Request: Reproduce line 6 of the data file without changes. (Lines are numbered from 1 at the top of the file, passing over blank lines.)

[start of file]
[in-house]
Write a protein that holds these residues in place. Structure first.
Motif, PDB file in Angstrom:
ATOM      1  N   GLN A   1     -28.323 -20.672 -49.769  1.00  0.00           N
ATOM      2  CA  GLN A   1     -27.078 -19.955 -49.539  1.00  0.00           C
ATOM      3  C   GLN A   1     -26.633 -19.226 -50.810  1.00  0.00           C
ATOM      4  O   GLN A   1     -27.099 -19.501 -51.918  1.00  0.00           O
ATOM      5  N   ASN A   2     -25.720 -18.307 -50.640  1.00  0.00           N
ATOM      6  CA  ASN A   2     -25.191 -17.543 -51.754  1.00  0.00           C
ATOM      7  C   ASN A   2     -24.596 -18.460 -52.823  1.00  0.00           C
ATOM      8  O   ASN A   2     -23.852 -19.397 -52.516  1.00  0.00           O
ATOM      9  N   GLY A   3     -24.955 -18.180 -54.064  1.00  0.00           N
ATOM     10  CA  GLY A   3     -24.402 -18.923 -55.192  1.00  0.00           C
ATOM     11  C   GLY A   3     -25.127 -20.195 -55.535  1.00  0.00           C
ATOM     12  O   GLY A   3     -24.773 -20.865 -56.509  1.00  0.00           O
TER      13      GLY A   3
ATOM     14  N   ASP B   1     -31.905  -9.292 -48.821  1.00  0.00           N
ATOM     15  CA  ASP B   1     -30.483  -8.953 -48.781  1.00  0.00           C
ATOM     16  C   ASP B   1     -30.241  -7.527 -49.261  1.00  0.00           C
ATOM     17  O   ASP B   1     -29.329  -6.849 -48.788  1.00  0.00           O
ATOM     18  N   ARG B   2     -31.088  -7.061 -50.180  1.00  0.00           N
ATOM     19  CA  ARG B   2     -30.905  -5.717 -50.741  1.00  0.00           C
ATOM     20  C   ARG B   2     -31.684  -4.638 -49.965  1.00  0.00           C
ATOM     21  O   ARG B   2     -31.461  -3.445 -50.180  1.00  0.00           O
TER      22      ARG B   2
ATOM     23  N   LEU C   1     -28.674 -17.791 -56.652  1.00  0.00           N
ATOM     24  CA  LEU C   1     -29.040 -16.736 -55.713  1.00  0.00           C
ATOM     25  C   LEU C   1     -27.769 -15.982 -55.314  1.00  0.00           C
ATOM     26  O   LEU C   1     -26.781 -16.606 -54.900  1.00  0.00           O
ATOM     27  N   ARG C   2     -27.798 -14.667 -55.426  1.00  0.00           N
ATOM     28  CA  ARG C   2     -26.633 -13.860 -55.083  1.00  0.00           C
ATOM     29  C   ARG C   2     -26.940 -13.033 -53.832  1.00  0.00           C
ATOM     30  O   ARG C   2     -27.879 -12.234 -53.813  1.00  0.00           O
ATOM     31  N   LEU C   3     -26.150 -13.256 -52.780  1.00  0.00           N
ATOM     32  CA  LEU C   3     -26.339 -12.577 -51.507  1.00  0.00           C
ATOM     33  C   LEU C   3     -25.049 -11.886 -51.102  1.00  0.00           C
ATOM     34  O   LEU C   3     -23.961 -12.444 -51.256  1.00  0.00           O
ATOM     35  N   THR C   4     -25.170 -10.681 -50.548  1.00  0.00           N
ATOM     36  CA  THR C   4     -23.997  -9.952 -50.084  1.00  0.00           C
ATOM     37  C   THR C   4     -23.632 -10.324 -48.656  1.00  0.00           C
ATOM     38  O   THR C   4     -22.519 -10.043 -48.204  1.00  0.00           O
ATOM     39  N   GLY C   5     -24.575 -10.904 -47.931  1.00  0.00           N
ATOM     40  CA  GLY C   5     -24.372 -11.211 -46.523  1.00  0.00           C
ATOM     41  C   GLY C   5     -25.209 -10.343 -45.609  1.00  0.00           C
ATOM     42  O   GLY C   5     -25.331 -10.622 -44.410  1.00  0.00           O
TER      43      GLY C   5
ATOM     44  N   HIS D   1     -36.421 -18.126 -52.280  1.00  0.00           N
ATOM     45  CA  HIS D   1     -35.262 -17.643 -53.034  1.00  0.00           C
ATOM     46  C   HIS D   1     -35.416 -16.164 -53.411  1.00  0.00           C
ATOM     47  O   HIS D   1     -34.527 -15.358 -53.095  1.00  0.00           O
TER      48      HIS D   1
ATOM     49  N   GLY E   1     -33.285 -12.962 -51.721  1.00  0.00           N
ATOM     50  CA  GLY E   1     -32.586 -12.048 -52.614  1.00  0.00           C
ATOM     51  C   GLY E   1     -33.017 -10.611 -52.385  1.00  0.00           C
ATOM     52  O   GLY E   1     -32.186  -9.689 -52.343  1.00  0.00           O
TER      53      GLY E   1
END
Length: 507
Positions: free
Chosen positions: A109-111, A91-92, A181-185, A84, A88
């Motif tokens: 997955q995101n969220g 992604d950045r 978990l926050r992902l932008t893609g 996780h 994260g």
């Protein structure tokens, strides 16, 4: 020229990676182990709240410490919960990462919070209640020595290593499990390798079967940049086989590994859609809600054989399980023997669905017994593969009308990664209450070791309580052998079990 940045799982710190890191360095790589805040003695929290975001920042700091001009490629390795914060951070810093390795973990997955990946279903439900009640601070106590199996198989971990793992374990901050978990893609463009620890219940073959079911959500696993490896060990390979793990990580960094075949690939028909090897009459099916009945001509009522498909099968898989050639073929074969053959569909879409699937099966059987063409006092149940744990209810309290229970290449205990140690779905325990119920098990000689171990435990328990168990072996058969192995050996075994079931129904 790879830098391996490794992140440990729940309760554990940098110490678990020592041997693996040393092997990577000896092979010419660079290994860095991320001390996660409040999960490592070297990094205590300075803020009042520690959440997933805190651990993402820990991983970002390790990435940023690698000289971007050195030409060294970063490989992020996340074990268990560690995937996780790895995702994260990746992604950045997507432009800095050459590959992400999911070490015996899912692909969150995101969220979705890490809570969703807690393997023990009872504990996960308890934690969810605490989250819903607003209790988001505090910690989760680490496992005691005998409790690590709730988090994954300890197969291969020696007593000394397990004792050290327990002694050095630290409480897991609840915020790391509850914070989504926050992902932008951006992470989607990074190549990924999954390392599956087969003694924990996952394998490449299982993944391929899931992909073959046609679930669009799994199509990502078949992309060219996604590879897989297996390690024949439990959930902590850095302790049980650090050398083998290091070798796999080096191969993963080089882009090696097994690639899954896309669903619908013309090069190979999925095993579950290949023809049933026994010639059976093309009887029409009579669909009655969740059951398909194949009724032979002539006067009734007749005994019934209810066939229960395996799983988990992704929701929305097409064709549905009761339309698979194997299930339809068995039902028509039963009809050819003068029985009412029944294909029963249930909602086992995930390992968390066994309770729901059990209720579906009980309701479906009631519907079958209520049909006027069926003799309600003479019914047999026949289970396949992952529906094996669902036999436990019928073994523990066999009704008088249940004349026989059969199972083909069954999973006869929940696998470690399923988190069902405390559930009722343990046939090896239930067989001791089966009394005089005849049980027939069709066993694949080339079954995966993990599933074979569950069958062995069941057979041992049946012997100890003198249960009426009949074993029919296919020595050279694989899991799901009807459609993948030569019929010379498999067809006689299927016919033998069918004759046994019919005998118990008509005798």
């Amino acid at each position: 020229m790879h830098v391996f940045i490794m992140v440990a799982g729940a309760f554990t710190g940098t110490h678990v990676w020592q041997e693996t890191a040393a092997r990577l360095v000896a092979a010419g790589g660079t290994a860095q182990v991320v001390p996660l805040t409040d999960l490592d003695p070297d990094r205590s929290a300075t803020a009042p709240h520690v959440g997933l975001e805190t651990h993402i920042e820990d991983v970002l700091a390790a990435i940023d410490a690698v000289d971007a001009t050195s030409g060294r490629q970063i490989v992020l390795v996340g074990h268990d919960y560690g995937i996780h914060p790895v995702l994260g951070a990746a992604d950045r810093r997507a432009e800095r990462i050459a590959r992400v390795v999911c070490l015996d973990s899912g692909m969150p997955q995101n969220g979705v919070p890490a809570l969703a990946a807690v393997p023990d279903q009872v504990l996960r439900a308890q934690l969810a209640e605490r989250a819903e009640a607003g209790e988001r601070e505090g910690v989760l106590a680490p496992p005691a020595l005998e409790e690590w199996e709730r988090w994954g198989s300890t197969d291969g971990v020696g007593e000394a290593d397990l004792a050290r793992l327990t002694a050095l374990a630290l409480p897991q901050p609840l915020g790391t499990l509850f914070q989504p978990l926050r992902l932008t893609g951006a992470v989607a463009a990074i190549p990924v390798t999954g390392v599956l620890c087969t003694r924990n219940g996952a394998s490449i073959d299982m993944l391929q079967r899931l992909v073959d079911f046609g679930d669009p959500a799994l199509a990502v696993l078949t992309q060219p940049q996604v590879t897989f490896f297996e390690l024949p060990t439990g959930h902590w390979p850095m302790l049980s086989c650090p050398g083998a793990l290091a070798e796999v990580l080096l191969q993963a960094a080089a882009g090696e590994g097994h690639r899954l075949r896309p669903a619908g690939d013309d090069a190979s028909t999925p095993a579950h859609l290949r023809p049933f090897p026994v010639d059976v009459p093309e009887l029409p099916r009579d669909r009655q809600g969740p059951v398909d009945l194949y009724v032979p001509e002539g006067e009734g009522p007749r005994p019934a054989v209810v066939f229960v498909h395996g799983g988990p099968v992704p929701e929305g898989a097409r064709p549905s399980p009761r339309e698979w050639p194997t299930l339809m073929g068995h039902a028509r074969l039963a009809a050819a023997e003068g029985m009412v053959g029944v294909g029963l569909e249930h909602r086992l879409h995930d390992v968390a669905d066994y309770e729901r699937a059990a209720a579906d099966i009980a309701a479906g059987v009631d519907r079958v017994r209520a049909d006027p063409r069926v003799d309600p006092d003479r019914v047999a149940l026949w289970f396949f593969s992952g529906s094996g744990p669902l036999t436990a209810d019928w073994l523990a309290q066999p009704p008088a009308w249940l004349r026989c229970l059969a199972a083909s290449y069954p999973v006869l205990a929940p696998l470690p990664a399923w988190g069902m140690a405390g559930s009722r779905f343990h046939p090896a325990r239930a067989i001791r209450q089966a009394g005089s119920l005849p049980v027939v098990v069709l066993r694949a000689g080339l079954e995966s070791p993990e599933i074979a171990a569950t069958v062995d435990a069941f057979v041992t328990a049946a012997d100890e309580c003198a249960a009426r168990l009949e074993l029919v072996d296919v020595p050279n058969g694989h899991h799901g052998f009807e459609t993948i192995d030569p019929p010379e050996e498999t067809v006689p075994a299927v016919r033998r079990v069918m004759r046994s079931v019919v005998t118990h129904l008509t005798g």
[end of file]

ATOM      3  C   GLN A   1     -26.633 -19.226 -50.810  1.00  0.00           C